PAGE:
The circadian clock system is an evolutionarily conserved system by which organisms adapt their metabolic activities to environmental inputs, including nutrient availability. The disruption of this system has been pathogenically linked to the disintegration of metabolic homeostasis, leading to the development of metabolic complications, including obesity. Lifestyle factors that disrupt this system have been found to be associated with the development of metabolic disorder, which is most evidenced by the finding that shift workers are at an increased risk of developing various disorders, such as obesity and obesity-related complications. Lifestyle factors that contribute to a misalignment between the internal clock system and environmental rhythms have also been identified in children. A short sleep duration and skipping breakfast are prevalent in children and there is mounting evidence that these factors are associated with an increased risk of pediatric obesity; however, the underlying mechanisms have not yet been elucidated in detail. Our current understanding of the impact of lifestyle factors that cause a misalignment between the internal clock system and environmental rhythms on the development of pediatric obesity is summarized herein, with a discussion of potential mechanistic factors.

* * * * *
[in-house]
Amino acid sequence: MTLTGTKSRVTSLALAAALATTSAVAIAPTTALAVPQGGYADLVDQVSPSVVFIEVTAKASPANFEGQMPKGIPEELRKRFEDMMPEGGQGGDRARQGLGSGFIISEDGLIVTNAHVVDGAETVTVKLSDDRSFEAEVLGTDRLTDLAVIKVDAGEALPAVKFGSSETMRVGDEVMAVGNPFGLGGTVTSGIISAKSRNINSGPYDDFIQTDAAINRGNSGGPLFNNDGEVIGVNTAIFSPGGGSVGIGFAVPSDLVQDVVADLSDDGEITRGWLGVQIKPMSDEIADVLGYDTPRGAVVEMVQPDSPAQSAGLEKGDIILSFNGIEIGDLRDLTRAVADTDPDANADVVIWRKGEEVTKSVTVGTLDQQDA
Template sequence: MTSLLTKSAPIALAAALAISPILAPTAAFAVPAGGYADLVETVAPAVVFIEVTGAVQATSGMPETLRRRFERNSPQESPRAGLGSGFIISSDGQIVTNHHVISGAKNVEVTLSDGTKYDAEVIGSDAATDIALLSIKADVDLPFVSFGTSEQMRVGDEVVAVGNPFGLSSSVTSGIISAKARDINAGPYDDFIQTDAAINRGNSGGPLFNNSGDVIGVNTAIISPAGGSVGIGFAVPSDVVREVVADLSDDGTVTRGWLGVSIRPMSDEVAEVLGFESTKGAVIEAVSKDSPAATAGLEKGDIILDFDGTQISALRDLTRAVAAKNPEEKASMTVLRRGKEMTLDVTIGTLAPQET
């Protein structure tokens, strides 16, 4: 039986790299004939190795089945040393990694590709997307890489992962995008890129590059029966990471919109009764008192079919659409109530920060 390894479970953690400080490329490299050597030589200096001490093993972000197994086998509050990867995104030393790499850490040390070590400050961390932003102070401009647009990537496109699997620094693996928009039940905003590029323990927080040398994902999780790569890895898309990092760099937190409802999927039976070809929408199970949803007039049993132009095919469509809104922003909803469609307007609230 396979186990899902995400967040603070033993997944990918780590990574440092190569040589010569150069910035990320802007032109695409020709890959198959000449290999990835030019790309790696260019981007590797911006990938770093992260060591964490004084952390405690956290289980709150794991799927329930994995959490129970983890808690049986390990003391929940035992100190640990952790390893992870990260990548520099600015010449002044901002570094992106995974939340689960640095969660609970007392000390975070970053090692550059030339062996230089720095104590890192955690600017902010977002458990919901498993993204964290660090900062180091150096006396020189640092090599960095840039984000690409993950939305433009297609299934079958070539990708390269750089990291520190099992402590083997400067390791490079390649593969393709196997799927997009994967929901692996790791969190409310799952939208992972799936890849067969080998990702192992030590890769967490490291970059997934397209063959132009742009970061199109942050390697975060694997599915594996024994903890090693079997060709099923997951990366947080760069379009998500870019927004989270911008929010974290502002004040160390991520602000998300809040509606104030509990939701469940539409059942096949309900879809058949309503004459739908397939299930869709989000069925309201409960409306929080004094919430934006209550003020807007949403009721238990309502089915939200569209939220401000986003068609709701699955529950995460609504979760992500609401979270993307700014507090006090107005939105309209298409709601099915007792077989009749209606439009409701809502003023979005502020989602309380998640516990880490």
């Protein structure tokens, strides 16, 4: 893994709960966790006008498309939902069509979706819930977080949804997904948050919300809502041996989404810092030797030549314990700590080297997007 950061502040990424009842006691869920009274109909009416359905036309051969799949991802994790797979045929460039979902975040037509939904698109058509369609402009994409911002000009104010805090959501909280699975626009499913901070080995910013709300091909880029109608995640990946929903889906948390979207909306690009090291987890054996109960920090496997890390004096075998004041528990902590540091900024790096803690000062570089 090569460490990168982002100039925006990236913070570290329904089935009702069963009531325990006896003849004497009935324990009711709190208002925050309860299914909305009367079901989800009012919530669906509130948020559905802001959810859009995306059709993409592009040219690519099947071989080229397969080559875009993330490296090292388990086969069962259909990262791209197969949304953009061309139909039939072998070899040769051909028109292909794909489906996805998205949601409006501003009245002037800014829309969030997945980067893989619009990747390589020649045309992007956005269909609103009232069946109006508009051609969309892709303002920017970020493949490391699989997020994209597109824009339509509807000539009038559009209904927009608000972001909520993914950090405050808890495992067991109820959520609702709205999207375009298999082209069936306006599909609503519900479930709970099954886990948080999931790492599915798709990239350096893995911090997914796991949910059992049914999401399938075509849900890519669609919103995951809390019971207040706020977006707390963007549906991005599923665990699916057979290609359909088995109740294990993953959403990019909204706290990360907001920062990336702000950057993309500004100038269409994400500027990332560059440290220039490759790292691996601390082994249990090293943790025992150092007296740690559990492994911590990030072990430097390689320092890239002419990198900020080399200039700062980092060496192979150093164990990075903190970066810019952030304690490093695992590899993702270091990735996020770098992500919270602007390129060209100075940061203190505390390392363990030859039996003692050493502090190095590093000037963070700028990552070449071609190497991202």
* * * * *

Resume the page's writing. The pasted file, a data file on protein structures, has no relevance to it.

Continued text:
Keywords: children; circadian rhythm; obesity.
© 2021 Japan Pediatric Society.